Speaking of pride, how about those ministers (and members) who "boasted" of a double tithe--as if that is possible.
Although not the official position of the church (I don't think), I once heard a SDA minister tell his congregation that the returning of a faithful tithe had salvific implications.
It was an established fact that the giving habits of individual members was monitored, although that information was only available to the Pastor and the treasurer. Of course, it didn't take a rocket scientist to figure out that whenever the treasure (or Pastor) opposed someone's election into a particular office during nominating commitee meetings that it was for "stewardship" reasons.
In His Grace
In His Grace
|Posted on Sunday, March 02, 2003 - 7:50 pm: || |
Oh, Doug . . .
I could tell you stories!!!
I am INTIMATELY aware of this practice. As I agreed to perform "accountant" duties for my wife, who IS the treasurer, I hear this going on ALL THE TIME!!!
I suppose I am just trying to keep the peace in my house, but it breaks my heart every time I hear this sort of reasoning.
|Posted on Monday, March 03, 2003 - 11:09 pm: || |
Mal. 3:7: Even from the days of your fathers ye are gone away from mine ordinances, and have not kept them. Return unto me, and I will return unto you, saith the LORD of hosts. But ye said, Wherein shall we return?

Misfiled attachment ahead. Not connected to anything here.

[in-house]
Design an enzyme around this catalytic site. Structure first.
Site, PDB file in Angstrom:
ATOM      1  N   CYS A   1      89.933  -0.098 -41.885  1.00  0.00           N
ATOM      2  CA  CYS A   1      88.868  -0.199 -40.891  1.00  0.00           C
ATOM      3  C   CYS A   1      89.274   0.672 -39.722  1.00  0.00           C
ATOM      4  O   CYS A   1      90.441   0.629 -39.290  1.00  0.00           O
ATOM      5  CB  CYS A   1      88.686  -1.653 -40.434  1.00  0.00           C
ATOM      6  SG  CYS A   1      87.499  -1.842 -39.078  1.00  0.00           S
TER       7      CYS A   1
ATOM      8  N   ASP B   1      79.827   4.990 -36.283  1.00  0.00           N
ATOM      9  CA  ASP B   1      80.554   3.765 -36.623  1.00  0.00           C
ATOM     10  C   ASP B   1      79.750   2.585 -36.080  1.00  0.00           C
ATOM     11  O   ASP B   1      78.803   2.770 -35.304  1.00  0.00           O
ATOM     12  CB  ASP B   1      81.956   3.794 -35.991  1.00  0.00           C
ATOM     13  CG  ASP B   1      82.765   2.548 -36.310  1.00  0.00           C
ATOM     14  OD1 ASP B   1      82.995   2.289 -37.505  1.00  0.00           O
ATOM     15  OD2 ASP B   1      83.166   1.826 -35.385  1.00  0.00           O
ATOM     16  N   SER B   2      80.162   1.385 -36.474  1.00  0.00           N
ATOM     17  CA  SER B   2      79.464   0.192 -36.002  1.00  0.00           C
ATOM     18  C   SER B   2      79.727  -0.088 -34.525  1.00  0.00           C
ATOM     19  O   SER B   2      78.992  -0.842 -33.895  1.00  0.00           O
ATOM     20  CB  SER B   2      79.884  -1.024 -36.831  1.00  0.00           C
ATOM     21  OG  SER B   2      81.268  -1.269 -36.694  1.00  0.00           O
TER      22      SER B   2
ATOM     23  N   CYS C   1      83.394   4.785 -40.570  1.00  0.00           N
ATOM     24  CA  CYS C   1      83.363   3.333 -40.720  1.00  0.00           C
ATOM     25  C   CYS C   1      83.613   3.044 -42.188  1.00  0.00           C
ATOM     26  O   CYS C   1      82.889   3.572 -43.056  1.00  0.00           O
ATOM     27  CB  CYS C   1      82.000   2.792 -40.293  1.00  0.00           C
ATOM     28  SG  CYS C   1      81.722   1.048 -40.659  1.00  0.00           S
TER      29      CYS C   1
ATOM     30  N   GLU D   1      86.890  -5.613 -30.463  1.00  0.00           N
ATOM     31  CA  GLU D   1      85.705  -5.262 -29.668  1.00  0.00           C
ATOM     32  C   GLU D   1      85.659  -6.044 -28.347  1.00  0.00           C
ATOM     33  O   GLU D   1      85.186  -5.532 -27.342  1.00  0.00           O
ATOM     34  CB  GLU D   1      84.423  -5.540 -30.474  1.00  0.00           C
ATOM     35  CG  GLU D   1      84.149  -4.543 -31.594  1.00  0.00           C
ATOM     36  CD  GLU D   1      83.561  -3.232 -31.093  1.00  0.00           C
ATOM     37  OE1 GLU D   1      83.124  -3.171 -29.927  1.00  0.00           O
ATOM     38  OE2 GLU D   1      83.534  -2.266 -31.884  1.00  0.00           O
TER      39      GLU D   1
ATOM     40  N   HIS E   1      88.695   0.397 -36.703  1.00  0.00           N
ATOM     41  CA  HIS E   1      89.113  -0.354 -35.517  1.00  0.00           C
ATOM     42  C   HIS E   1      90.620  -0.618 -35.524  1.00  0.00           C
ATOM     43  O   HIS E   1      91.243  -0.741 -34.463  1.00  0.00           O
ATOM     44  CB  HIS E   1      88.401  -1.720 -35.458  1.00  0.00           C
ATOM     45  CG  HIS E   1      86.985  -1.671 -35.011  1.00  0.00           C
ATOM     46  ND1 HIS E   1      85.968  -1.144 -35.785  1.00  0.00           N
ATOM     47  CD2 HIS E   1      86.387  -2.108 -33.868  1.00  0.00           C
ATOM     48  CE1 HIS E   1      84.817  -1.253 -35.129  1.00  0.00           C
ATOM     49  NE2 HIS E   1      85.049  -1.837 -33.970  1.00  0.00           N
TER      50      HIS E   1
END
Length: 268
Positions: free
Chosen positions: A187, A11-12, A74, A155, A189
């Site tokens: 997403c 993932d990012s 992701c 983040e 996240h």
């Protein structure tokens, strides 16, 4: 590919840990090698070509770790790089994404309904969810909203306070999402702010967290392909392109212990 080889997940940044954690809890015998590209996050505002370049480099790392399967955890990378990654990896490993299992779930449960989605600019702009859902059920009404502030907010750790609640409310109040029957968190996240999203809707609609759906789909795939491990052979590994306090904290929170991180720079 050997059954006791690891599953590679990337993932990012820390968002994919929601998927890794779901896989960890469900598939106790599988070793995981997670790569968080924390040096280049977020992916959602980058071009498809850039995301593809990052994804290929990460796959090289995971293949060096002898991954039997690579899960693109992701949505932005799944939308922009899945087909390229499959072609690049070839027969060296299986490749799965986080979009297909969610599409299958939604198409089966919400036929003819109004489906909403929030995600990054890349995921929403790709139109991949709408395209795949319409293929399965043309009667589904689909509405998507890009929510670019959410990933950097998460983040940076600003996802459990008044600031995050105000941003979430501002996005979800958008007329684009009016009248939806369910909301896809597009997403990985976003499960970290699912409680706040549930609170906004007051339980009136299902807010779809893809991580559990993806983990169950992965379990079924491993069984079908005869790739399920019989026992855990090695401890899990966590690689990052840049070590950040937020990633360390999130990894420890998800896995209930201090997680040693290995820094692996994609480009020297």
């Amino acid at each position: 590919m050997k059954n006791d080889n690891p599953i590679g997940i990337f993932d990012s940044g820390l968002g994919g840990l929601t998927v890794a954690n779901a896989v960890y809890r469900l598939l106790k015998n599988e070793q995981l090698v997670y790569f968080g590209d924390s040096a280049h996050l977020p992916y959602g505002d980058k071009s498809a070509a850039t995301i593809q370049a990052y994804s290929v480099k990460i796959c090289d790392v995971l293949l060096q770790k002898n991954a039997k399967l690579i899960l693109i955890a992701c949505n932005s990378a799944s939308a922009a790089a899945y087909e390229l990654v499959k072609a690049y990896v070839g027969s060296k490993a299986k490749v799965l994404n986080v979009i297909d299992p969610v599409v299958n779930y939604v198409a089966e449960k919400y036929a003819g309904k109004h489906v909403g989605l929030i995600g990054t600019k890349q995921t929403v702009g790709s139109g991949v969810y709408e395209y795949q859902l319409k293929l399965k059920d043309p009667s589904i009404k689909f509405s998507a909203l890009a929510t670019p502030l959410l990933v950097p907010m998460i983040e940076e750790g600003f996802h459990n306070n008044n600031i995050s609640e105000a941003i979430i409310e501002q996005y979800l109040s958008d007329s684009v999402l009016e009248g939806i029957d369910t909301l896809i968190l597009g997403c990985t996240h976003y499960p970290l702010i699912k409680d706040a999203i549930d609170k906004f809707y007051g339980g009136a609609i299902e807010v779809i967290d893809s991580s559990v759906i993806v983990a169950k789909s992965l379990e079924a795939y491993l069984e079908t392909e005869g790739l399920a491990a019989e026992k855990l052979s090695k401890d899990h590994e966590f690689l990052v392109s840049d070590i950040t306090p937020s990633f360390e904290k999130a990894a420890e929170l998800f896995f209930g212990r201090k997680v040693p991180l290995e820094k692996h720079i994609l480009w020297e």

I think we all know what happened to the Ordinances at the cross.
It's funny that some go to the Old Test. and use them for some things, but not others.
We don't stone people for adultry, we don't burn offerings, no Priest, no Levits.
The big one, no killing of animals for the sins of men.
|Posted on Wednesday, March 05, 2003 - 9:55 pm: || |
You are right a double tithe would be immpossible because that would be 20%. 10% was the tithe.
Another thing to consider is that the original tithe went to Melchizadeck ? from Abraham. Now that we are in Christ and are a royal-priesthood after the order of Melchizadeck, should the tithe come to us. But who then would be giving the tithe? It just would not make any sense in the new covenant.
|Posted on Monday, March 10, 2003 - 10:03 pm: || |
Tithing is very appealing to legalists today. It is often another way for them to judge each other. We must keep in mind that there never was a MONETARY tithe (wages and other non-farm income were exempt)during the Old Covenant era. A large segment of the Hebrew people did not ever pay any tithe, due to their profession or trade. When was the last time a tithe-loving preacher told you that? (smile)
Dennis J. Fischer
|Posted on Tuesday, March 11, 2003 - 4:36 pm: || |
I don't want to get started on a big argument about tithing again, and I do agree that tithing was definitely including your harvests, the complete list is found in the verses I am giving below, but I want you to see what Jesus says in the New Testament verses as well, and ask what you think of those two verses.
Num 18:24 But the tithes of the children of Israel, which they offer [as] an heave offering unto the LORD, I have given to the Levites to inherit: therefore I have said unto them, Among the children of Israel they shall have no inheritance.